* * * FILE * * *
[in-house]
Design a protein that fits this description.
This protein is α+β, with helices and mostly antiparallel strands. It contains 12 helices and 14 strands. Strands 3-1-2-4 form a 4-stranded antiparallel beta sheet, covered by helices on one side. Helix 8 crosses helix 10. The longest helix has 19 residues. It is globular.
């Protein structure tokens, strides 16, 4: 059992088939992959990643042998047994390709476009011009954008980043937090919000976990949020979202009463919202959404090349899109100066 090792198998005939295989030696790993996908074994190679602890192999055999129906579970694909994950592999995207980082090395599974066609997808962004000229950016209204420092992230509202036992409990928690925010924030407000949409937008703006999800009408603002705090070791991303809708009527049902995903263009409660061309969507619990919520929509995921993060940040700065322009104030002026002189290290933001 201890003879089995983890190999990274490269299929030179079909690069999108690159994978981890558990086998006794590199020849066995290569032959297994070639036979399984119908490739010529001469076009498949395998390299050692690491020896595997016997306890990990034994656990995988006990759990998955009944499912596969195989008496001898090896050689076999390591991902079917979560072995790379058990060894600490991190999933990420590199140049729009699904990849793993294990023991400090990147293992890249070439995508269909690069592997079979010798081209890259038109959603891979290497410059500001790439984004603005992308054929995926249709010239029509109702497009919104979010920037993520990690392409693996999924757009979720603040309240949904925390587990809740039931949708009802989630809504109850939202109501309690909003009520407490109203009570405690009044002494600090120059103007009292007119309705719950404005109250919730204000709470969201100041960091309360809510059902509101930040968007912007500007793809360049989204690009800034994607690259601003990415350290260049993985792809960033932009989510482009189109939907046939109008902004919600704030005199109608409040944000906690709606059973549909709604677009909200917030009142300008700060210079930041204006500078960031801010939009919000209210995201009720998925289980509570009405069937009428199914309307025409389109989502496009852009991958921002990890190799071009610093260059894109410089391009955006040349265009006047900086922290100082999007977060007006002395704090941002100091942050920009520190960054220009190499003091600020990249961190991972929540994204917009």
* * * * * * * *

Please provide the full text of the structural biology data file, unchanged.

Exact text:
[in-house]
Design a protein that fits this description.
This protein is α+β, with helices and mostly antiparallel strands. It contains 12 helices and 14 strands. Strands 3-1-2-4 form a 4-stranded antiparallel beta sheet, covered by helices on one side. Helix 8 crosses helix 10. The longest helix has 19 residues. It is globular.
């Protein structure tokens, strides 16, 4: 059992088939992959990643042998047994390709476009011009954008980043937090919000976990949020979202009463919202959404090349899109100066 090792198998005939295989030696790993996908074994190679602890192999055999129906579970694909994950592999995207980082090395599974066609997808962004000229950016209204420092992230509202036992409990928690925010924030407000949409937008703006999800009408603002705090070791991303809708009527049902995903263009409660061309969507619990919520929509995921993060940040700065322009104030002026002189290290933001 201890003879089995983890190999990274490269299929030179079909690069999108690159994978981890558990086998006794590199020849066995290569032959297994070639036979399984119908490739010529001469076009498949395998390299050692690491020896595997016997306890990990034994656990995988006990759990998955009944499912596969195989008496001898090896050689076999390591991902079917979560072995790379058990060894600490991190999933990420590199140049729009699904990849793993294990023991400090990147293992890249070439995508269909690069592997079979010798081209890259038109959603891979290497410059500001790439984004603005992308054929995926249709010239029509109702497009919104979010920037993520990690392409693996999924757009979720603040309240949904925390587990809740039931949708009802989630809504109850939202109501309690909003009520407490109203009570405690009044002494600090120059103007009292007119309705719950404005109250919730204000709470969201100041960091309360809510059902509101930040968007912007500007793809360049989204690009800034994607690259601003990415350290260049993985792809960033932009989510482009189109939907046939109008902004919600704030005199109608409040944000906690709606059973549909709604677009909200917030009142300008700060210079930041204006500078960031801010939009919000209210995201009720998925289980509570009405069937009428199914309307025409389109989502496009852009991958921002990890190799071009610093260059894109410089391009955006040349265009006047900086922290100082999007977060007006002395704090941002100091942050920009520190960054220009190499003091600020990249961190991972929540994204917009």